parentalism


Also found in: Wikipedia.

parentalism

1. the behavior of a parent.
2. the assumption by a nonparent of superior authority over a child; paternalism.
See also: Parents
Mentioned in ?
References in periodicals archive ?
James Buchanan (2005) called "parentalism" the desire of people to be taken care of by the state, like children by their parents, and he forecasted that this phenomenon would continue to fuel socialism in the twenty-first century.
They want to be guaranteed "a state of complete physical, mental, and social well-being." James Buchanan, the 1986 Nobel economics laureate, calls "parentalism" this desire of the people to be taken care of like children by the state.
(154) Parentalism is concerned with protecting the right of parents to immerse their children in their own values, even when those values conflict with the majority's.
parentalism, (115) but requiring less risks an unjust outcome.
Hence, the "farewell to maternalism" appears to be part and parcel of a broader "farewell to parentalism", the higher care involvement of many fathers notwithstanding.
Fairfield, Protecting Virtual Playrounds: Children, Law, and Play Online: Virtual Parentalism, 66 WASH.
(74) We use the term "parentalism" rather than "paternalism" because the former supposes an incapacity on the part of those being directed to their own good.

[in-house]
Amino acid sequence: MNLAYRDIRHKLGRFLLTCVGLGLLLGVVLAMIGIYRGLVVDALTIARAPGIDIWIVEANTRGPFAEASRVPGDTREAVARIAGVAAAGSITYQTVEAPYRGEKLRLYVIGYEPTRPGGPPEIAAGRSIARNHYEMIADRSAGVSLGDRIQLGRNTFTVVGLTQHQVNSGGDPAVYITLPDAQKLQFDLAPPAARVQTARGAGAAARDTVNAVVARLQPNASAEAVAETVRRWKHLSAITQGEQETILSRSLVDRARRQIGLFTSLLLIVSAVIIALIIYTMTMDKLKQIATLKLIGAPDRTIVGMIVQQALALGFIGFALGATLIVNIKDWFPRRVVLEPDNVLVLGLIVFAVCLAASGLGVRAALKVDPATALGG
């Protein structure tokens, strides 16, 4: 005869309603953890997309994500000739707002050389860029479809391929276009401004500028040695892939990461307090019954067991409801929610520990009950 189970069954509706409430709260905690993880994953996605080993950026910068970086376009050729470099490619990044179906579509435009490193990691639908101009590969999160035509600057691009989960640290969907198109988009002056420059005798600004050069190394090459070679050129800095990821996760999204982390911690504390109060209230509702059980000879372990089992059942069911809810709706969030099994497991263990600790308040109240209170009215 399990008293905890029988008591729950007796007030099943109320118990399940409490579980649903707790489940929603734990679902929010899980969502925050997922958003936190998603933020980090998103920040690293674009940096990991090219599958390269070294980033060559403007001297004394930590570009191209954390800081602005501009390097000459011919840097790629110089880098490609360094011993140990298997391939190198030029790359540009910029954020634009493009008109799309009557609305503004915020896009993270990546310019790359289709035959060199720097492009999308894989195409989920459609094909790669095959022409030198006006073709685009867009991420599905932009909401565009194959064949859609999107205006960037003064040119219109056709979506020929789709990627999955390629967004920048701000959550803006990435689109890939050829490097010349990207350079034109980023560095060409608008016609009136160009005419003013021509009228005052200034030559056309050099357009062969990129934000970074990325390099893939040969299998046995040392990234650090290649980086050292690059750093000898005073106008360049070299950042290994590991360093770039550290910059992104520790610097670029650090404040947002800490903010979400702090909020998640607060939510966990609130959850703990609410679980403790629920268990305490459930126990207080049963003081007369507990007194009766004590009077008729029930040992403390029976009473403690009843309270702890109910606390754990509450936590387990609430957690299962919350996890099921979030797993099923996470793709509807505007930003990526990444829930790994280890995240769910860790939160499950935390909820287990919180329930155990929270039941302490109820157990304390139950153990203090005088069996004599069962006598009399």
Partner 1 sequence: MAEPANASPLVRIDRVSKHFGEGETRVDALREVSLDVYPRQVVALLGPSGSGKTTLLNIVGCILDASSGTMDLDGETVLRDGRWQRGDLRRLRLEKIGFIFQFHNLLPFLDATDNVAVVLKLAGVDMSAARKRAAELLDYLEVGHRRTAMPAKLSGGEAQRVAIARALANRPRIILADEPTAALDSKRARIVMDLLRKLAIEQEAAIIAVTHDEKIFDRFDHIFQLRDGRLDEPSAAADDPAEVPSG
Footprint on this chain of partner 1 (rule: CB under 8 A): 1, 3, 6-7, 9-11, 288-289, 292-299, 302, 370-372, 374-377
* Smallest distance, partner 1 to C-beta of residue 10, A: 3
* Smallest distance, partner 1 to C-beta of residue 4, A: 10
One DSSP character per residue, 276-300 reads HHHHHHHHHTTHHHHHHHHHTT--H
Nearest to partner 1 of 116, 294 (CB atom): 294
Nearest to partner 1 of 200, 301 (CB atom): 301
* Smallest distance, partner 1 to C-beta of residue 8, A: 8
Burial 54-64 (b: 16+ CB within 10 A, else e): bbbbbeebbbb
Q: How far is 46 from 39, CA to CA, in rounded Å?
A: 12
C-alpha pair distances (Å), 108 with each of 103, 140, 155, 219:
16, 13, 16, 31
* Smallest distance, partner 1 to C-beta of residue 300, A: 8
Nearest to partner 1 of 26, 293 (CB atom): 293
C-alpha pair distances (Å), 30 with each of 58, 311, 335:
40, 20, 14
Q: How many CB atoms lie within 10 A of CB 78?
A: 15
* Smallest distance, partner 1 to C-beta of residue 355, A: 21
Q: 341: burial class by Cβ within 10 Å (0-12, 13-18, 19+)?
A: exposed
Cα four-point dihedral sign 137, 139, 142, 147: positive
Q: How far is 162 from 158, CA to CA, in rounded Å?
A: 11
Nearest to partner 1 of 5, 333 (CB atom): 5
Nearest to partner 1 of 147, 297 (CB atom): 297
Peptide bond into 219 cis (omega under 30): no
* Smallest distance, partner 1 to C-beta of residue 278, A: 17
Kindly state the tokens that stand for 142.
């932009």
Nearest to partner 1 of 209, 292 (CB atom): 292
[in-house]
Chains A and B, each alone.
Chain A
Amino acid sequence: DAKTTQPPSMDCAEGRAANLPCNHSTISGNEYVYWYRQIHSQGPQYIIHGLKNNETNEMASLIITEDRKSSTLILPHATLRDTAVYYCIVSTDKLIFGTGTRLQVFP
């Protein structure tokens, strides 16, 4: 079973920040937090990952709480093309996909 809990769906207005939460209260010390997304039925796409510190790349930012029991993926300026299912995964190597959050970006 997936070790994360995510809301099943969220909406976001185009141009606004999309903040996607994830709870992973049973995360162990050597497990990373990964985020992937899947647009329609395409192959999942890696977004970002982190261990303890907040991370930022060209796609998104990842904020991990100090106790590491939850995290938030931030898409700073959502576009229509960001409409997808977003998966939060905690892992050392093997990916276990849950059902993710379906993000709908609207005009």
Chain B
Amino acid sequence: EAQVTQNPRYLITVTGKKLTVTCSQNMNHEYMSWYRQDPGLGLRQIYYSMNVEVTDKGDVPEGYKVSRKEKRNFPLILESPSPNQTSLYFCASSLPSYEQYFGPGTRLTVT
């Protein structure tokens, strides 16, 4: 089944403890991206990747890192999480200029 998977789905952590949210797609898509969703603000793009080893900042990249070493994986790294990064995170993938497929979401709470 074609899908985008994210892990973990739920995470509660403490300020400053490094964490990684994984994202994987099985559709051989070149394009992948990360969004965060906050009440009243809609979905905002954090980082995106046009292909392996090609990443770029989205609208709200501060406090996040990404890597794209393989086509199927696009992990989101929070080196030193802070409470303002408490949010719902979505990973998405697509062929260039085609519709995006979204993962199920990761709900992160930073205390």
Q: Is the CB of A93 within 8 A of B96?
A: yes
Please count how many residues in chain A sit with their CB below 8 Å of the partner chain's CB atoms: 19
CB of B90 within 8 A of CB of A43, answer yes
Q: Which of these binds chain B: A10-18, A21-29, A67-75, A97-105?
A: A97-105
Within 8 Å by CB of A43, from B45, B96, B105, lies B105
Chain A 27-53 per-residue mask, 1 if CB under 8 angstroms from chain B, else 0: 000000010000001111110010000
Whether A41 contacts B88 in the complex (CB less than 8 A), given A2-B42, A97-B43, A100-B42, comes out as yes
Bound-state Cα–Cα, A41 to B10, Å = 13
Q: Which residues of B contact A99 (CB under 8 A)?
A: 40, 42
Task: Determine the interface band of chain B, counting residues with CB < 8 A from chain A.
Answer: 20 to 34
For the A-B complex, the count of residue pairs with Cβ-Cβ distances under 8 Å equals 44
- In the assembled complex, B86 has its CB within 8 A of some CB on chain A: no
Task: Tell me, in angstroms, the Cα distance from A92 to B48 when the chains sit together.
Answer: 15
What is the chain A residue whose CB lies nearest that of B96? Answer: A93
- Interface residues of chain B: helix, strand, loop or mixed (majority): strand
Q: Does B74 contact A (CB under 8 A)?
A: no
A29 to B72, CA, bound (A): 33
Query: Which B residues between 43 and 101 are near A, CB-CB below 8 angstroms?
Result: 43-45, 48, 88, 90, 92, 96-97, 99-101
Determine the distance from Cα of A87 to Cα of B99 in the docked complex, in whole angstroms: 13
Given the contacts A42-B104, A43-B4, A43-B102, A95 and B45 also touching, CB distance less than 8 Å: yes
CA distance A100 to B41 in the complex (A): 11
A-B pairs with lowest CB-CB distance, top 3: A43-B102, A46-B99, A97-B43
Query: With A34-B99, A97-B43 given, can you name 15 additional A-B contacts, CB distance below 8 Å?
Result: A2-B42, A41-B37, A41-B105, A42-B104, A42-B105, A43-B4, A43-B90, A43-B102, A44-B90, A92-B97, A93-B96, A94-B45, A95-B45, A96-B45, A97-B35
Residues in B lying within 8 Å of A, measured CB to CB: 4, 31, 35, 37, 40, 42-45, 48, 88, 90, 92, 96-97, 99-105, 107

(87) This category is rightly vulnerable to criticisms of parentalism. Because of the bilateral nature of the arrangements, it is relatively cheap to alter the terms of the deal.
Think of "paternalism" and its benign cousin "parentalism," and note how parental care and medical care have at least "care" in common.
This is intensely so in the world of the clinic, where the patient's role is a reality that may disrupt certain therapeutic relationships (and where transference in both directions is going on between the bright young things that have become doctors and the patients who are constantly tempted to project parentalism on them).
Cook and Dickens have stated that parental over-protectiveness can hinder adolescent development, mentioning also that, "in requiring legal respect for adolescents' evolving capacities, the Children's Convention sets legal limits to inappropriate, obstructive and dysfunctional parentalism." (7)
Fine and Kurdek (1993) addressed three ethical principles that may provide guidance when the ethics codes themselves appear inadequate: beneficence, justice, and parentalism. Beneficence is helping others promote their important and legitimate interests and abstaining from injuring others, mainly by preventing or removing potential harm.